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The one about Wikipedia

Start with Wikipedia. But don’t stop there.

Stephen Downes


I made my first Wikipedia edit on the Physical Therapy article, at 23:21 on 25 April 2004. I was living in Ireland at the time and had just learned about a new kind of website, called a wiki, that anyone could edit. And so I did. And I loved it. It was easier to contribute then than it is today, since the scope and depth of articles was far more limited; I think I might even have created a couple of pages. I still contribute to Wikipedia, although far less frequently than I used to. Nowadays, my contributions are more likely to be in the form of adding images to the Wikimedia Commons, and tidying up the metadata associated with other images, via the Wikipedia app.

My fascination with wikis led to a wiki-based student collaborative project called OpenPhysio, which I created as part of my PhD research. Unbeknownst to me, a couple of months before I started OpenPhysio, Rachael Lowe launched Physiopedia. I’d been using OpenPhysio to help students develop digital literacy, by editing physiotherapy-related articles in class. Since there was no question of me getting into the content development business, as soon as my research project ended, we merged the articles from OpenPhysio into Physiopedia.

All that is to say that I’ve been fascinated with the idea of collaborative content development since I discovered wikis, and Wikipedia seems to me to be the epitome of that concept. I love the idea that people from all over the world contribute to this encyclopedia, and that we’ve collectively built something that would be impossible to create in a centralised, top-down, controlled process; what made Wikipedia possible was the decision to give control to the users. In that way, I still kind-of feel like wikis – or their modern equivalents – might be the perfect platform for supporting personal knowledge construction.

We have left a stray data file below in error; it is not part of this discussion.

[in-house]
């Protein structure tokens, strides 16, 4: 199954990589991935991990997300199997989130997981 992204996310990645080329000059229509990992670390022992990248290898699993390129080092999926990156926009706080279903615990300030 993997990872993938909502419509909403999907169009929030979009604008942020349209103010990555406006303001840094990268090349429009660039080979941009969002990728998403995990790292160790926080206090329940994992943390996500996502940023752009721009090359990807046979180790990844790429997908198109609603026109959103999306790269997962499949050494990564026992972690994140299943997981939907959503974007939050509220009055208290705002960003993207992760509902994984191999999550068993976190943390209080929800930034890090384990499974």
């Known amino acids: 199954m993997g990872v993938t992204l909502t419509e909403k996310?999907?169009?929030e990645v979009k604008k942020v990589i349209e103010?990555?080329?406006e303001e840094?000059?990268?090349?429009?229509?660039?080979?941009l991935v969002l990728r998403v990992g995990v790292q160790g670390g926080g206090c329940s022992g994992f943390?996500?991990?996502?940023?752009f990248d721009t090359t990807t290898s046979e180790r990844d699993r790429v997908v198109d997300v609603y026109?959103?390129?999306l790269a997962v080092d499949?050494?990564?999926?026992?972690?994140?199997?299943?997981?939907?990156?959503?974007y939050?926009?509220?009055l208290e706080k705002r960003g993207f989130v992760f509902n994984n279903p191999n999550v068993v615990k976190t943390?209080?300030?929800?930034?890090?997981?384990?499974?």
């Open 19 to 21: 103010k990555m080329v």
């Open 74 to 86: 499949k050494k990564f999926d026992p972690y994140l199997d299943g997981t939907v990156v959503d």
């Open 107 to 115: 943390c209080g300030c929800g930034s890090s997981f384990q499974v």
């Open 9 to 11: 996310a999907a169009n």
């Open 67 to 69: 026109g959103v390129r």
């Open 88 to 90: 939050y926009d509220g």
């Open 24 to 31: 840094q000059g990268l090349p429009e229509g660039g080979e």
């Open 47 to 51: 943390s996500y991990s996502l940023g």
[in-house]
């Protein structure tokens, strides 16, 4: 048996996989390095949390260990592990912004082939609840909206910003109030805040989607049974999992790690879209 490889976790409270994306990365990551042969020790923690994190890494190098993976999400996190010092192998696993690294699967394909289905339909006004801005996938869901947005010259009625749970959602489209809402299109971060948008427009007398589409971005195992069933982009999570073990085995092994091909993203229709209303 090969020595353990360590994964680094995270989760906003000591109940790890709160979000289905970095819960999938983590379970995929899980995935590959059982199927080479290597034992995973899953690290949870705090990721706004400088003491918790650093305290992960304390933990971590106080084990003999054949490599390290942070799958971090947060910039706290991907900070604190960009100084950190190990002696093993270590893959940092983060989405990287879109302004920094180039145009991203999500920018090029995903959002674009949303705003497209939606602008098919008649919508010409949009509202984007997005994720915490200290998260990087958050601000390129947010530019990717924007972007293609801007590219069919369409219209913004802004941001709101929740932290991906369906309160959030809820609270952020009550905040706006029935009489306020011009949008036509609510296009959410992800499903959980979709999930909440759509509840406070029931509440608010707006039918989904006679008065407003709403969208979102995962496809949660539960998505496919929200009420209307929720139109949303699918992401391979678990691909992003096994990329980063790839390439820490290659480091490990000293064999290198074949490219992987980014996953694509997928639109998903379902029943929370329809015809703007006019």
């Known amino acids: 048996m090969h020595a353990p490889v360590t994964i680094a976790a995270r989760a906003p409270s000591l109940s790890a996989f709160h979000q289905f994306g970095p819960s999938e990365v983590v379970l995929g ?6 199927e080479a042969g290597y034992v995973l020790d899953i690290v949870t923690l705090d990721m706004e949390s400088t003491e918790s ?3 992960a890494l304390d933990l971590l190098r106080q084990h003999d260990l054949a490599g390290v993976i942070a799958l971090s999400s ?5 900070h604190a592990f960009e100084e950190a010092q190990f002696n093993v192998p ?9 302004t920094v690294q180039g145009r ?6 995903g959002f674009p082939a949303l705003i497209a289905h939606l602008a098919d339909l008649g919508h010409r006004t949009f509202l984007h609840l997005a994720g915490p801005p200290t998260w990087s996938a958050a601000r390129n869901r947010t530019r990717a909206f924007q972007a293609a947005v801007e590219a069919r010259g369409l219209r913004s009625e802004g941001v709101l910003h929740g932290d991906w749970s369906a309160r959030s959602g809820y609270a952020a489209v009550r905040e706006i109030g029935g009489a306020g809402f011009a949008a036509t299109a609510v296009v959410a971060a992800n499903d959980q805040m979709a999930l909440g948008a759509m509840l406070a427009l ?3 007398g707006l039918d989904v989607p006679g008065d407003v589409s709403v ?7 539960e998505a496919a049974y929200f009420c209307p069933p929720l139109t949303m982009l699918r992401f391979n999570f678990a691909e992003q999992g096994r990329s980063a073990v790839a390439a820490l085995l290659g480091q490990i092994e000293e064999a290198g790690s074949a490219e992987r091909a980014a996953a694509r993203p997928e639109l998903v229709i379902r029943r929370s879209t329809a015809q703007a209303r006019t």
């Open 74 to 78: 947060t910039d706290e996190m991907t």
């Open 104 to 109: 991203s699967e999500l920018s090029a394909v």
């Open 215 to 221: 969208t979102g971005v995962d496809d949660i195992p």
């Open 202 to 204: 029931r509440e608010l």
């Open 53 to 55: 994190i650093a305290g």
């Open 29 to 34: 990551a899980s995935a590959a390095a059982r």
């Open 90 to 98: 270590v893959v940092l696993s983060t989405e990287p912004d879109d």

Fridman, L. (n.d.). Jimmy Wales: Wikipedia (385).

The following is a conversation with Jimmy Wales, co-founder of Wikipedia, one of, if not the most impactful websites ever, expanding the collective knowledge, intelligence, and wisdom of human civilization.

I can’t stress strongly enough what a big deal I think Wikipedia is, and this conversation explores some of the reasons for how it became one of the most popular websites in the world. While the episode isn’t specifically about the use of Wikipedia for learning, teaching, or assessment, it does cover an enormous range of the history and background of the project, as well as some ideas around where it might be headed. 

If you’re more sceptical about the value of Wikipedia as an academic resource, I hope that this conversation helps to allay some of your concerns.


Malik, A., Rafiq, M., & Mahmood, K. (2023). Wikipedia and academia: University faculty patterns of use and perceptions of credibility. Journal of Librarianship and Information Science.

…the findings of this study suggest that faculty perceptions have grown more favorable regarding Wikipedia use, usefulness, and quality of information. Hence, our study found that faculty members were trying to integrate Wikipedia into their teaching, learning, and research endeavors by allowing students to consult and cite Wikipedia information and enabling them to be critical and proficient users of Wikipedia as a part of their information-seeking, gathering, and sense-making practices. However, there is a need of moving beyond the passive consumption of content to contribute to Wikipedia content by creating new entries, and adding to and editing earlier entries.

The abstract says it all.

Forgive the self-plug, but this is the paper I published after the wiki project I mentioned in the introduction above: Rowe, M. (2012). The use of a wiki to facilitate collaborative Learning in a South African physiotherapy department. South African Journal of Physiotherapy, 68(2).


Green, M. & Maxwell, G. (2010). Wikify Your Course: Designing and Implementing a Wiki for Your Learning Environment. Educause Review.

Key Takeaways

  • Wikis help engage students in their learning while providing social interaction with their peers in the learning process.
  • A wiki assignment should enable students to work at the conceptual level of understanding on authentic projects where they can solve problems, discover relationships, discern patterns, and develop a deep understanding of content.
  • At the heart of a wiki project is collaborative knowledge building by students mediated by user-generated design, as explained in this article.

Some useful advice on adding a wiki-based activity to your course or programme.


Wikipedia:Contributing to Wikipedia – Wikipedia.

As a new editor, also known as a contributor, you may feel a little overwhelmed by the sheer size and scope of this project called Wikipedia. Don’t worry too much if you don’t understand everything at first, as it is acceptable to use common sense as you go about editing. Wikipedia not only allows you to create, revise, and edit articles, but it wants you to do so. You just need to remember that you can’t break Wikipedia and although there are many protocols, perfection is not required, as Wikipedia is a work in progress.

If you’re interested in getting involved in the Wikipedia editor / contributor community, you can find out more at the link above.

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